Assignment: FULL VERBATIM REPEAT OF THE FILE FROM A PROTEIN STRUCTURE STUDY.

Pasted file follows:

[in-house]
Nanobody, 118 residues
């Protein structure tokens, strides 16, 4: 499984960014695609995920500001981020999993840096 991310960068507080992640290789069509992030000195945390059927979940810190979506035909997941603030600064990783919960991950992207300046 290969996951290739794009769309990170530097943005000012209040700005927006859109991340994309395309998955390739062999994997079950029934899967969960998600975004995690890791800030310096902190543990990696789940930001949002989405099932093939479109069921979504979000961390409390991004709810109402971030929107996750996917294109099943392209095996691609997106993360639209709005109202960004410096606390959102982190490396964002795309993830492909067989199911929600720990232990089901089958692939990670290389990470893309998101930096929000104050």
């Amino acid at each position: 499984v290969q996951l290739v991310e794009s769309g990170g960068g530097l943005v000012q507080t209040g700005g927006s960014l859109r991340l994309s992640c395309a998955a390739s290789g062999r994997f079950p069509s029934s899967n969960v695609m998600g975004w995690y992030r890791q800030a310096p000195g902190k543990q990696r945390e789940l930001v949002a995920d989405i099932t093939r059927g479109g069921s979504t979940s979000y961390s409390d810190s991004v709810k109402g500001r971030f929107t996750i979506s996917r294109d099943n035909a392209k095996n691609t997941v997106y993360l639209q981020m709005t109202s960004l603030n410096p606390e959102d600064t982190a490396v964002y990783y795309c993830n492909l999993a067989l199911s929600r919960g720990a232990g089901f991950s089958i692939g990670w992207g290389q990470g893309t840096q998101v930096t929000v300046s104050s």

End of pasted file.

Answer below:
[in-house]
Nanobody, 118 residues
């Protein structure tokens, strides 16, 4: 499984960014695609995920500001981020999993840096 991310960068507080992640290789069509992030000195945390059927979940810190979506035909997941603030600064990783919960991950992207300046 290969996951290739794009769309990170530097943005000012209040700005927006859109991340994309395309998955390739062999994997079950029934899967969960998600975004995690890791800030310096902190543990990696789940930001949002989405099932093939479109069921979504979000961390409390991004709810109402971030929107996750996917294109099943392209095996691609997106993360639209709005109202960004410096606390959102982190490396964002795309993830492909067989199911929600720990232990089901089958692939990670290389990470893309998101930096929000104050």
């Amino acid at each position: 499984v290969q996951l290739v991310e794009s769309g990170g960068g530097l943005v000012q507080t209040g700005g927006s960014l859109r991340l994309s992640c395309a998955a390739s290789g062999r994997f079950p069509s029934s899967n969960v695609m998600g975004w995690y992030r890791q800030a310096p000195g902190k543990q990696r945390e789940l930001v949002a995920d989405i099932t093939r059927g479109g069921s979504t979940s979000y961390s409390d810190s991004v709810k109402g500001r971030f929107t996750i979506s996917r294109d099943n035909a392209k095996n691609t997941v997106y993360l639209q981020m709005t109202s960004l603030n410096p606390e959102d600064t982190a490396v964002y990783y795309c993830n492909l999993a067989l199911s929600r919960g720990a232990g089901f991950s089958i692939g990670w992207g290389q990470g893309t840096q998101v930096t929000v300046s104050s």